Monday, June 28, 2004

Truth and Beauty: A Review

Monday, June 28, 2004
When she was an undergrad in college, Ann Patchett knew of Lucy Grealy. Everyone did. Most people only knew Lucy as the girl with the face. Lucy had lost part of her jaw on the right side of her face due to Ewing’s Sarcoma as a child. Lucy was incredibly popular and everyone knew who she was and because they knew her story, they thought they knew Lucy. Ann Patchett knew of Lucy, but when they were both starting out as graduate students at the Iowa Writer’s Workshop, they ended up living together because neither could afford an apartment on her own. It was the start of an immediate and intense friendship that lasted nearly twenty years.

Truth and Beauty is Ann Patchett’s first non-fiction work. She is best known as being the author of Bel Canto. Lucy Grealy was Ann’s best friend. Lucy died in 2002 of an accidental drug overdose. I imagine that this is a book that never would have been written had Lucy not died, nor could it have been, given the nature of their friendship. Perhaps because of this, “Truth and Beauty” is a very powerful book. It is not quite a memoir, but rather the story of a friendship. It is neither about Ann nor about Lucy, but is about “Ann and Lucy”.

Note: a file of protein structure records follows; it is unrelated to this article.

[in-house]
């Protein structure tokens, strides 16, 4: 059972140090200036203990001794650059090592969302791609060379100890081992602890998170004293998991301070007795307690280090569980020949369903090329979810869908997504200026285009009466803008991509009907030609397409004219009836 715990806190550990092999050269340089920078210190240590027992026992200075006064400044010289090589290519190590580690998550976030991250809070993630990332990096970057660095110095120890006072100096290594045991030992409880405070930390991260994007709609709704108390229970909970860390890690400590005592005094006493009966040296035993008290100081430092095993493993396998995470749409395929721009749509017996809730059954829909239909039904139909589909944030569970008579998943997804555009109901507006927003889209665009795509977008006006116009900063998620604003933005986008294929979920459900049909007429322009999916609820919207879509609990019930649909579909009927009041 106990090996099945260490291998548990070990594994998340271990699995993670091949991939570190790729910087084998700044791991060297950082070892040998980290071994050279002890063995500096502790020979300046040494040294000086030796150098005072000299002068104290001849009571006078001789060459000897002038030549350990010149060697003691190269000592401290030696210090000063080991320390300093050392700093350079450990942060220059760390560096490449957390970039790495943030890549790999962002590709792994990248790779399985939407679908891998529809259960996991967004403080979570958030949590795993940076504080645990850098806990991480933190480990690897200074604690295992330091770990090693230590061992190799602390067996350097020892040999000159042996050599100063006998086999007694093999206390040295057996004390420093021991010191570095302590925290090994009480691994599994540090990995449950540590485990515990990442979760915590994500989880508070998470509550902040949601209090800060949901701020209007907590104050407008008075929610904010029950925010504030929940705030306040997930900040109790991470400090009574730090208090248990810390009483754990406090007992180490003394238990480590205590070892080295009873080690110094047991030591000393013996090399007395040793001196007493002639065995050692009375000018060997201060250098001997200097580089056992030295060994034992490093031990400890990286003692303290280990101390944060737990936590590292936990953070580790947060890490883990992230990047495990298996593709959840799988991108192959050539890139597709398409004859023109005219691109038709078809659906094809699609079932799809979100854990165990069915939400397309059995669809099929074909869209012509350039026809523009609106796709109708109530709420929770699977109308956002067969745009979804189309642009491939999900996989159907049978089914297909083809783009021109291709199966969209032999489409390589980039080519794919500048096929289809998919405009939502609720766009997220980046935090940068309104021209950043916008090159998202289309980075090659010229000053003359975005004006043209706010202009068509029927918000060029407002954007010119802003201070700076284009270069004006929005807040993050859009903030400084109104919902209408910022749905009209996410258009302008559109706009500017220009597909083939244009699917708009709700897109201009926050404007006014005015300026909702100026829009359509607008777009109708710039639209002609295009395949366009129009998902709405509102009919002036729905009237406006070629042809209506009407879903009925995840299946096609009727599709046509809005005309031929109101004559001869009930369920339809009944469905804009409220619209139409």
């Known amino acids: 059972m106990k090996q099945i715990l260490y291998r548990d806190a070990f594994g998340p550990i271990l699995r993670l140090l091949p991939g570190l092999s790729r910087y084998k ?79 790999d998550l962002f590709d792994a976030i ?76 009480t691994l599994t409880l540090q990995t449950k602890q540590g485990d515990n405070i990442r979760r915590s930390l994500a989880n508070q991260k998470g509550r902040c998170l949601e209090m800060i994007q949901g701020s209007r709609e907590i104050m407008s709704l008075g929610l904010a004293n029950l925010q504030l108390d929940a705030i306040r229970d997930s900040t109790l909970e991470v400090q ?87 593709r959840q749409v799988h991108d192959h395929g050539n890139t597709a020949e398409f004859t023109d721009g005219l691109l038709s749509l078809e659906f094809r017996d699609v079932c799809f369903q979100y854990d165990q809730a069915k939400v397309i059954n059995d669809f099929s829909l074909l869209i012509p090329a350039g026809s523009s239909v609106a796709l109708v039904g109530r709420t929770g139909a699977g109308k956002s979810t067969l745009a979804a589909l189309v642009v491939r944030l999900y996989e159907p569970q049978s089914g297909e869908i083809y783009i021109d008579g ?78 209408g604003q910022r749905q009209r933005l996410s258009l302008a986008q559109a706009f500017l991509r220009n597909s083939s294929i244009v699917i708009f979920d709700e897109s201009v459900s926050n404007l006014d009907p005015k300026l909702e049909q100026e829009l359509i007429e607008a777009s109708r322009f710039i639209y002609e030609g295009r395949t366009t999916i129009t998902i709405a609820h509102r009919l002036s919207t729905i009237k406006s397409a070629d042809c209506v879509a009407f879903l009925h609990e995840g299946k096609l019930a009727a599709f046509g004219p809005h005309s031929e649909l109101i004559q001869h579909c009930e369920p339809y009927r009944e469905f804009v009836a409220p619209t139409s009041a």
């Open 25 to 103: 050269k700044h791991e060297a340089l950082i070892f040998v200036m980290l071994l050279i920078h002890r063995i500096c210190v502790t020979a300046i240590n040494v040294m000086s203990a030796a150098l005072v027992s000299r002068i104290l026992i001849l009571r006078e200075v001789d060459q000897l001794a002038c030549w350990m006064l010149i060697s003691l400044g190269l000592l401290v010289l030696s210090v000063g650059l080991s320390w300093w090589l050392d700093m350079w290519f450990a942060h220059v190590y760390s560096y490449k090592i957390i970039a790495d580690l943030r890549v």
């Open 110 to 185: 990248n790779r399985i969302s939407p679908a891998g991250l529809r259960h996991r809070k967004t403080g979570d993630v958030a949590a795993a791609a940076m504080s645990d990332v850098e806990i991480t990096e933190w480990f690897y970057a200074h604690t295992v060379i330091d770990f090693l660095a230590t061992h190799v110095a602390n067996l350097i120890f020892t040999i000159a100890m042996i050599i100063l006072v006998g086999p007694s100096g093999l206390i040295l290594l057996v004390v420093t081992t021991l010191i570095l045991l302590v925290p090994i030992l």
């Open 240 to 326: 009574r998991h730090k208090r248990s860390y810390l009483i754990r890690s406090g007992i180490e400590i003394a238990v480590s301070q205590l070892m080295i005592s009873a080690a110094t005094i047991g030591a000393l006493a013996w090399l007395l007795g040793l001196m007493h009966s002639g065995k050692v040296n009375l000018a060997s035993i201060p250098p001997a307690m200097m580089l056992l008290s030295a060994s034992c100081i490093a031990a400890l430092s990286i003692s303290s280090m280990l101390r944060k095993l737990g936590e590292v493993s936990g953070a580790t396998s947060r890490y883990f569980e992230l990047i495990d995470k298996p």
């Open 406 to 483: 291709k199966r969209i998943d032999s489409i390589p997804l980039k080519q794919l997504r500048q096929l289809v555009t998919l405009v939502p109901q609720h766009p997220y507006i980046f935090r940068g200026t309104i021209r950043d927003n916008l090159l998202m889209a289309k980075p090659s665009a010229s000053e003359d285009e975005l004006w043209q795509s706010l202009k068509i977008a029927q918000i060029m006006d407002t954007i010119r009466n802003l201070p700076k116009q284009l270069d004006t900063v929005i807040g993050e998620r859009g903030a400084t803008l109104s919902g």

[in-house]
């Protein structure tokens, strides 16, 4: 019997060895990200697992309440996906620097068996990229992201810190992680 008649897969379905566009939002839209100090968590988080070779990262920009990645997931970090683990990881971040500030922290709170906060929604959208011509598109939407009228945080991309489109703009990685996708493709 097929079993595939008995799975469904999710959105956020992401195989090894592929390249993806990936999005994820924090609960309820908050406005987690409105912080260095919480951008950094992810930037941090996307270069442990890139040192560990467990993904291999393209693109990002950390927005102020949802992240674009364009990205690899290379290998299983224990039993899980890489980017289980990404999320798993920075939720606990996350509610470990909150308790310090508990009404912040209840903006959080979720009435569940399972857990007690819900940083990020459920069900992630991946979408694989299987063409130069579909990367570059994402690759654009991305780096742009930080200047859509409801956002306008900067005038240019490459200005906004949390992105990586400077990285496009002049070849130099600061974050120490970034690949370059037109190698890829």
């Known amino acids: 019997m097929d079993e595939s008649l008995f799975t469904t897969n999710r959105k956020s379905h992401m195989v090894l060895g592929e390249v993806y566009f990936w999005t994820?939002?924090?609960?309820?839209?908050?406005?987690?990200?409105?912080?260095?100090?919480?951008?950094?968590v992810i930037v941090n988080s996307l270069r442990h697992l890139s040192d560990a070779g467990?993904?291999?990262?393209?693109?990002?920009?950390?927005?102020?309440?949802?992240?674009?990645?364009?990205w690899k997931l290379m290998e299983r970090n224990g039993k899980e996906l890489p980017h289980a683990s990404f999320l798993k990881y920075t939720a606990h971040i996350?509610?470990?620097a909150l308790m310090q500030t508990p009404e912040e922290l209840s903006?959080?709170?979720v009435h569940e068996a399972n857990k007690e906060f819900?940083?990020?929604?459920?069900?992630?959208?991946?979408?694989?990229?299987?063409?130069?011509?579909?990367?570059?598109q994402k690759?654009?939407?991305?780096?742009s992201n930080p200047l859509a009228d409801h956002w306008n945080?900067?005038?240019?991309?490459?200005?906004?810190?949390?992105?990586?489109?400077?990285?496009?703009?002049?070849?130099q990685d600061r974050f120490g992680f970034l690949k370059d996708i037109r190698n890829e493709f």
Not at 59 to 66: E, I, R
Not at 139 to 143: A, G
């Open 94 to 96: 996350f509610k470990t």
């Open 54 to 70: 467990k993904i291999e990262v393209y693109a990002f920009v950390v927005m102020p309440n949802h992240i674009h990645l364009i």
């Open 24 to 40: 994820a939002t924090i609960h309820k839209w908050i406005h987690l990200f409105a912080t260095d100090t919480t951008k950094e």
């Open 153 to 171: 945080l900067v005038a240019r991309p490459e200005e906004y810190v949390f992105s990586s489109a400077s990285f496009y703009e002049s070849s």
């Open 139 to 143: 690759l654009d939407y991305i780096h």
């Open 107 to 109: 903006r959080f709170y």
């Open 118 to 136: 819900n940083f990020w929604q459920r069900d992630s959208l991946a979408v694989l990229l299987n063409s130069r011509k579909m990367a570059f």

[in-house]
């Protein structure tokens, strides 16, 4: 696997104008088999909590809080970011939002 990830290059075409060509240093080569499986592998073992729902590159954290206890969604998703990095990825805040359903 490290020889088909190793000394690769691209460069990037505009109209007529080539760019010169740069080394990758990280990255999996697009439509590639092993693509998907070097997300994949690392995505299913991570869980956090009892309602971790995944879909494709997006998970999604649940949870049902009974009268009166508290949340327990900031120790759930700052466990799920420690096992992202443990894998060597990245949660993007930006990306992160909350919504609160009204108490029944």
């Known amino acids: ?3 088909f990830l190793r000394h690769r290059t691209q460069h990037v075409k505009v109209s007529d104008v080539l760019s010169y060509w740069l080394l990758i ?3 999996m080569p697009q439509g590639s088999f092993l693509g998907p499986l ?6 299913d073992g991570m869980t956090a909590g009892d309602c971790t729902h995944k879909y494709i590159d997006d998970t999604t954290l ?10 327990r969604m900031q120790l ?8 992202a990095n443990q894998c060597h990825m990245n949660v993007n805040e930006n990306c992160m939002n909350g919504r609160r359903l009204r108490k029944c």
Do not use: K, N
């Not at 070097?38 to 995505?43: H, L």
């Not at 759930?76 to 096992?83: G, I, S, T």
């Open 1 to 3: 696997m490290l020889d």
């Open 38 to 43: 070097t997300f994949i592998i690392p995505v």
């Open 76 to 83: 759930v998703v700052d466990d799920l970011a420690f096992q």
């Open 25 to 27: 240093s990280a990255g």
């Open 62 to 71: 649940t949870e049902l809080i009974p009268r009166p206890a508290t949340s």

This friendship is one that spanned nearly two decades. Ann takes us from their first true meeting through Lucy’s numerous surgeries (nearly 40 during Lucy’s life), through drugs and loneliness, through writer’s residency programs and successful book publications, through the end of Lucy’s life and Ann’s grief. The only time Ann spends time about their lives apart from each other is only in how the separations were a part of the relationship and what impact they had, and how they kept coming back together.

“Truth and Beauty” is a deeply moving, sad, funny, and beautifully written book. The book jacket says that “this is a tender, brutal book about loving a person we cannot save.” It is this, and more. It is a book that I had a hard time putting down and while it is difficult to say that I “enjoyed” the book, because of the subject matter, I can say that “Truth and Beauty” is an excellent (written with excellence, in the true sense of the word) book.


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